In the 2020/2021 season he was back to his best. However, what was most pleasing to see was him enjoying his riding more than ever.
He finished third on the log on 155 wins at a strike rate of 17.73%.
The season culminated in his first Grade 1 win for sometime on the Justin Snaith-trained Jet Dark in the Champions Cup at Hollywoodbets Greyville.
It was another momentous year in 2021/2022 as he had 171 wins at 14.65% and three Grade 1 wins.
Jet Dark with S’manga up produced one of the all time great L’Ormarin’s Queen’s Plate performances.
S’Manga also won the Pongracz Cape Flying Championship on the Mike Azzie-trained Bohica.
However, those two big wins were overshadowed by a truly great ride on the Mike de Kock-trained Sparkling Water to land his second July. He worked out a plan before the race and it panned out perfectly.
It was another milestone moment because it gave a famous set of colours, the black with a scarlet cap of Mary Slack, a first win in the country’s premier horseracing event.
It was also the inaugural running of a Hollywoodbets-sponsored July.
This season S’Manga is third on the log with 105 wins at 16.83%.
He rolled back the years earlier this month by winning a Grade 1 with his old guv’nor Sean Tarry, the Wilgerbosdrift SA Fillies Classic with Bless My Stars.
He continues to be one of the most sort after jockeys in the country, especially for the big races.
The more experienced pundits will claim he is one of the few in SA who would without any doubt hold his own anywhere in the world.
Rouvan Smit On The Road To Recovery
The Sporting Post
It has been two weeks since Cape Racing’s ‘Golden Voice’ Rouvaun Smith underwent emergency lifesaving surgery at Kingsbury Hospital in Claremont after a fall at his home.
In a brief catch-up with the Sporting Post on Thursday evening, the 53 year old racecaller said that the complex spinal surgery appears to have been a success and that he was looking forward to moving to a step-down facility in the next few days to commence a twelve week rehabilitation programme which is aimed at getting him mobile and able to perform daily life processes again.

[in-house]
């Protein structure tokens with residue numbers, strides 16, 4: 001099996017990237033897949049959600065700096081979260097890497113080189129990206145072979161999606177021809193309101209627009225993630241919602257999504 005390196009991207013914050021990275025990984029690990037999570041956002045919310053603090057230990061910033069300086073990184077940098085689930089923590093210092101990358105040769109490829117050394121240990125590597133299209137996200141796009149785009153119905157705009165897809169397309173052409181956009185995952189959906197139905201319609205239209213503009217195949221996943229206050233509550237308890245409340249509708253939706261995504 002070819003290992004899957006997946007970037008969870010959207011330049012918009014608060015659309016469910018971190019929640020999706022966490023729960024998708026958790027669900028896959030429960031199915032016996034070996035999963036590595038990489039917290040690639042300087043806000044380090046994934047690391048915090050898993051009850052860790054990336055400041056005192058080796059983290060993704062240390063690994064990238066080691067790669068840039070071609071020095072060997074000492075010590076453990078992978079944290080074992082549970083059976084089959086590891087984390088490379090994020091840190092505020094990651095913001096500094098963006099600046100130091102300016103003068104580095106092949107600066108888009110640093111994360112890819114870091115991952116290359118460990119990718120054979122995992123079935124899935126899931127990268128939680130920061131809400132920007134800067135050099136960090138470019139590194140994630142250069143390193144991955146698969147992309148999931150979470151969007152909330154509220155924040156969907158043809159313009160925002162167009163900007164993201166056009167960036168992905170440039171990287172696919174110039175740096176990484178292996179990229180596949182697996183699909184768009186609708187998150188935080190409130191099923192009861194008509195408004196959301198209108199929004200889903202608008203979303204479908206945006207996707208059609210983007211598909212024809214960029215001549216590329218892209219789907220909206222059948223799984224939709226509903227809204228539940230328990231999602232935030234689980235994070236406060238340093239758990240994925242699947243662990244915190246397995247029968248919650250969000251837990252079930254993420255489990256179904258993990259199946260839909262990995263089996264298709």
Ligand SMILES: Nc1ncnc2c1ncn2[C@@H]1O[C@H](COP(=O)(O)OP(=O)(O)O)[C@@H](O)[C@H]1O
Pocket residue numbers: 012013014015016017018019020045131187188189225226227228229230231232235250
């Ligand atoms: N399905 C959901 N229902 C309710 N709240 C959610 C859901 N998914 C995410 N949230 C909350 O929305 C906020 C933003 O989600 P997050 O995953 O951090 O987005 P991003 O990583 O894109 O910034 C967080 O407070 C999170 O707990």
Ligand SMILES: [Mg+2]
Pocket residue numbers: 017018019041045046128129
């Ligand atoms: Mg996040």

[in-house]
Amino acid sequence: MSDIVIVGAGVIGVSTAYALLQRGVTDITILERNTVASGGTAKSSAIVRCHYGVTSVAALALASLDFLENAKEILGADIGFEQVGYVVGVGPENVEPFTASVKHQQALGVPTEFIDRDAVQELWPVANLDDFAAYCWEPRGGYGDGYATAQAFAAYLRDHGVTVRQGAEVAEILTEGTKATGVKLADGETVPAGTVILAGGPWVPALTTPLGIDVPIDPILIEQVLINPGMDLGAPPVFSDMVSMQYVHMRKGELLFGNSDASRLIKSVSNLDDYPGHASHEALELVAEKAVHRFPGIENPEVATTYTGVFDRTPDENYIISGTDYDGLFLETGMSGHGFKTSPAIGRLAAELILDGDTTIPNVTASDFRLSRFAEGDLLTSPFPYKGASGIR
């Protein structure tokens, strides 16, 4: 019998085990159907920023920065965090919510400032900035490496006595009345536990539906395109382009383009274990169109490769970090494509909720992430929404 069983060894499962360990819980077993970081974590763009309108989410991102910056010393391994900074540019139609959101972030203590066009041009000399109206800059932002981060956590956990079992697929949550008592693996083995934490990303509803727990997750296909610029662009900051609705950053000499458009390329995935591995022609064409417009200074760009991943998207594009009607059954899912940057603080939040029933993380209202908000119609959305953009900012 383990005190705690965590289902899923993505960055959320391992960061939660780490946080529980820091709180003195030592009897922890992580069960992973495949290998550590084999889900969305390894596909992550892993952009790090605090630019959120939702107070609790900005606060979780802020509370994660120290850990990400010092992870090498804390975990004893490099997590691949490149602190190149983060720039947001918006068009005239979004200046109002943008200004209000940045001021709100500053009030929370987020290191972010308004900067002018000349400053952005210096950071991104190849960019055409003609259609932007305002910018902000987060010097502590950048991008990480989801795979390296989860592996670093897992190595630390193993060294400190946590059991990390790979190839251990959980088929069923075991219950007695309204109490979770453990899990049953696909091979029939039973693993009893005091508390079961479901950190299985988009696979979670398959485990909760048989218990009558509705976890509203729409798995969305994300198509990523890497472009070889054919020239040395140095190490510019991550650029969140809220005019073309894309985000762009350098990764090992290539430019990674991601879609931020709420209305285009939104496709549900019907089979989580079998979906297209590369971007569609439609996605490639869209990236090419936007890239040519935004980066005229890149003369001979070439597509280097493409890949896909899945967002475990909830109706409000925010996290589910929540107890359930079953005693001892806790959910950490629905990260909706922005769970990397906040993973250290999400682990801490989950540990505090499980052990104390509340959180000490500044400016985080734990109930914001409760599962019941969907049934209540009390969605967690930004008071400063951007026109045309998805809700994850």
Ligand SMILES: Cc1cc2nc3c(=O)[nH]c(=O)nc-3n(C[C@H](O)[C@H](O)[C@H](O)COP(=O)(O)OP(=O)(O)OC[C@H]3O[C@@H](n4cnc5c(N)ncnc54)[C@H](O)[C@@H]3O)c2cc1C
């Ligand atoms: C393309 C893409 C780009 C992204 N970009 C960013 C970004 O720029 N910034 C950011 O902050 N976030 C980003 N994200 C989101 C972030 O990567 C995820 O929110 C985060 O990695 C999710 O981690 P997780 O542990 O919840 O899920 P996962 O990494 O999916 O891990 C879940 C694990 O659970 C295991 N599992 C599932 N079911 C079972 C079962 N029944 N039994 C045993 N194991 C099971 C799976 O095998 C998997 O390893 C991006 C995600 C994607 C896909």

Rouvaun hopes to complete his rehabilitation at his home after a few weeks, but it’s all dependant on his progress.
“There is no rushing this process and it’s really no fun lying on a bed all day. But I’m in good hands and have every faith that I will be able to regain a semblance of normality in my life again. If anything, there is good to have come out of this. I haven’t had a smoke for two weeks – and bar the odd weak moment, I am not missing it!” laughed the man who has called big races from Hollywoodbets Kenilworth to the historic Epsom Racecourse in Britain.
The born-and-bred Capetonian was the first international racecaller invited to Dubai, the year of Meydan’s champagne opening, and he was on the eve of departing for the UAE when the unfortunate mishap occurred.
“Technology is wonderful and I will be at Meydan in spirit and via my mobile device for the Dubai World Cup racemeeting on Saturday,”he added, saying that the support from family, friends and industry stakeholders had been ‘overwhelming’.
“We go about our daily life taking many things for granted. That’s human nature, probably. But I cannot thank my family, friends and industry stakeholders enough for the outpouring of love and interest. It has kept me going and I would like to use this opportunity to thank everybody.”
Schwarz/Peter Double, Matchett Double
Paris Perfect, who gives a clue to the answer. (wikipedia).
Lizard’s Desire (nearest), trained by Mike de Kock, fails by a short-head to win the 2010 Dubai World Cup under Kevin Shea. (Gulf News)
The RA Stakes and East Cape Guineas are therefore statistically the two best pointer races to the Dubai World Cup in South Africa!